Many Pediatricians Shy Away From Treating Chronic Pain

Who Is Responsible for Treating Chronic Pain in Kids?

Children Sitting on a BenchChildren can experience debilitating chronic pain just like everyone else. But a 2010 study revealed that most pediatricians do not believe it's their main responsibility to treat chronic pain.

For this study, researchers sent mail and online surveys about pediatric chronic pain to 800 randomly selected pediatricians. They analyzed the 303 responses and found that only 33% of those pediatricians consider treating chronic pain part of their primary responsibilities. Instead, they thought pain management specialists, other specialists, or hospice providers should be charged with treating pediatric chronic pain.

The survey also asked the respondents to list what treatments they use for pain (they were able to choose more than one). Non-steroidal anti-inflammatory drugs (NSAIDs) topped the list with approximately 67% of pediatricians reporting that they often or always use them to treat pain. Acetaminophen was a preferred treatment for approximately 62% of respondents. Nearly 20% said they rarely or never prescribed opioids.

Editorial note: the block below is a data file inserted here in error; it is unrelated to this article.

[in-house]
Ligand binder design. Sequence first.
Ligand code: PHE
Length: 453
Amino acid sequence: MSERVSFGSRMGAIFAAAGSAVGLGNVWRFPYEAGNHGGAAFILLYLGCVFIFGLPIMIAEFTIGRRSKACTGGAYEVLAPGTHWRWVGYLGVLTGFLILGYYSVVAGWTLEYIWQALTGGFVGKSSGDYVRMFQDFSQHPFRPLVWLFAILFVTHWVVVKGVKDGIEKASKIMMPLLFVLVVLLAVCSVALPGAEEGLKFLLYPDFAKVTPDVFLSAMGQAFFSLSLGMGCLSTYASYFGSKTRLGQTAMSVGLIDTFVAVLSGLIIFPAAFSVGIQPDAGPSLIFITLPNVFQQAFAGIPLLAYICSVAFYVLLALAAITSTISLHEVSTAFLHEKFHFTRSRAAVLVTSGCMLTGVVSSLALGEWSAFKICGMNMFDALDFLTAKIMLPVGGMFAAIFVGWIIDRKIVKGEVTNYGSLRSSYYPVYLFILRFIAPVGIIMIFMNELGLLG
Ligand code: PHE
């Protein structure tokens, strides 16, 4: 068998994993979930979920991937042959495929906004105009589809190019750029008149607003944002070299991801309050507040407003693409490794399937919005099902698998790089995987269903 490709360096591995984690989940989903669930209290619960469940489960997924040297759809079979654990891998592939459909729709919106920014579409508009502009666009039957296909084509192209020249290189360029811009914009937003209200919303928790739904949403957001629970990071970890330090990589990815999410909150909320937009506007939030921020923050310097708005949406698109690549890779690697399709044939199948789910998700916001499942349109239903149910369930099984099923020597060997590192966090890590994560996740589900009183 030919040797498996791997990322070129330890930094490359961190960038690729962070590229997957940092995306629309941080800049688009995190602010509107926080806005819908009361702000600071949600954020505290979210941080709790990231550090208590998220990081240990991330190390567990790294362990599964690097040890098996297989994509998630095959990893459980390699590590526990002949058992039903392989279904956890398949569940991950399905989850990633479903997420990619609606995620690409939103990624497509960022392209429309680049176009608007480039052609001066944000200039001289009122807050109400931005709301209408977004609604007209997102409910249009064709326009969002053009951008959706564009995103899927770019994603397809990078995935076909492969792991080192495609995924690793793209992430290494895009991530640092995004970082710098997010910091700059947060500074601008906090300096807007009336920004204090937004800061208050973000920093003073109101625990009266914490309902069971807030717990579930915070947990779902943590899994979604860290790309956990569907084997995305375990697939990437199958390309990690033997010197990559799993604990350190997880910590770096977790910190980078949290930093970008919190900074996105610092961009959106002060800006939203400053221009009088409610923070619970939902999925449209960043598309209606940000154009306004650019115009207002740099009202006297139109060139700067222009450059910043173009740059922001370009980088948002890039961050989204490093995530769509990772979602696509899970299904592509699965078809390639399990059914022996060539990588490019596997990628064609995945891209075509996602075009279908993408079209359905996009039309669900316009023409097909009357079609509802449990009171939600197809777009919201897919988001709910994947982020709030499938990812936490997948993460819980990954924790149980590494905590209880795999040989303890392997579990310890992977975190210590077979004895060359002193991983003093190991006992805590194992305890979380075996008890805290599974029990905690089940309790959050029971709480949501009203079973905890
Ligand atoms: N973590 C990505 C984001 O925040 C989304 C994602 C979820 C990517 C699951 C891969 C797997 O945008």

The survey results highlighted the hesitancy among pediatricians to use stronger pain medications—such as opioids—on their young patients. Many prescription pain medications carry serious side effects. In children, for instance, opioids can interfere with breathing, according to Dr. Lindsay A. Thompson, the study's lead researcher.

But those fears should not prevent physicians from treating chronic pain in their patients, she said.

"I think services for kids with chronic illness, life-limiting illnesses need to move to a life-long model, where pain is one of the first things that physicians and providers address," said Dr. Thompson, in a press release.

The researchers suggest more pain management education in medical school. Also, pediatricians may need to change their own opinions and work to reduce the stigma surrounding prescription pain medications. In doing so, the researchers believe pediatricians will be better able to independently treat the chronic pain that many of their patients face.

If you'd like to read more about this study, click here.

Updated on: 08/25/15
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